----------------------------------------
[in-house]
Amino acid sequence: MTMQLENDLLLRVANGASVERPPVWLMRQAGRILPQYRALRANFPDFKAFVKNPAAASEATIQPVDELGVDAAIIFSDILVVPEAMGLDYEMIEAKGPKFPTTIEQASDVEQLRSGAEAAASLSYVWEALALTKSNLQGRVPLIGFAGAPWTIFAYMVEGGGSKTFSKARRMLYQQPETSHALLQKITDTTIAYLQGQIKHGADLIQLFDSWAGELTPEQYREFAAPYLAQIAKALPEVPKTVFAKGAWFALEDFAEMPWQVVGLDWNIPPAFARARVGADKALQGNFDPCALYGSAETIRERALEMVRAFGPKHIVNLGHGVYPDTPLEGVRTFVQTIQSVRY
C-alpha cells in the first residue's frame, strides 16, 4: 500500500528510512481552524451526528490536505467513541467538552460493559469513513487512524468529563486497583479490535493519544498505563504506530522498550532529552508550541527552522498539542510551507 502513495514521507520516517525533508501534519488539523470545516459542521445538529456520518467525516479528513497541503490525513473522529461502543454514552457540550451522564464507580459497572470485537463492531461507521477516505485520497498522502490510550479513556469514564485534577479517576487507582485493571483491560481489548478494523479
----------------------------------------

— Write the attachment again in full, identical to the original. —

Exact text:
[in-house]
Amino acid sequence: MTMQLENDLLLRVANGASVERPPVWLMRQAGRILPQYRALRANFPDFKAFVKNPAAASEATIQPVDELGVDAAIIFSDILVVPEAMGLDYEMIEAKGPKFPTTIEQASDVEQLRSGAEAAASLSYVWEALALTKSNLQGRVPLIGFAGAPWTIFAYMVEGGGSKTFSKARRMLYQQPETSHALLQKITDTTIAYLQGQIKHGADLIQLFDSWAGELTPEQYREFAAPYLAQIAKALPEVPKTVFAKGAWFALEDFAEMPWQVVGLDWNIPPAFARARVGADKALQGNFDPCALYGSAETIRERALEMVRAFGPKHIVNLGHGVYPDTPLEGVRTFVQTIQSVRY
C-alpha cells in the first residue's frame, strides 16, 4: 500500500528510512481552524451526528490536505467513541467538552460493559469513513487512524468529563486497583479490535493519544498505563504506530522498550532529552508550541527552522498539542510551507 502513495514521507520516517525533508501534519488539523470545516459542521445538529456520518467525516479528513497541503490525513473522529461502543454514552457540550451522564464507580459497572470485537463492531461507521477516505485520497498522502490510550479513556469514564485534577479517576487507582485493571483491560481489548478494523479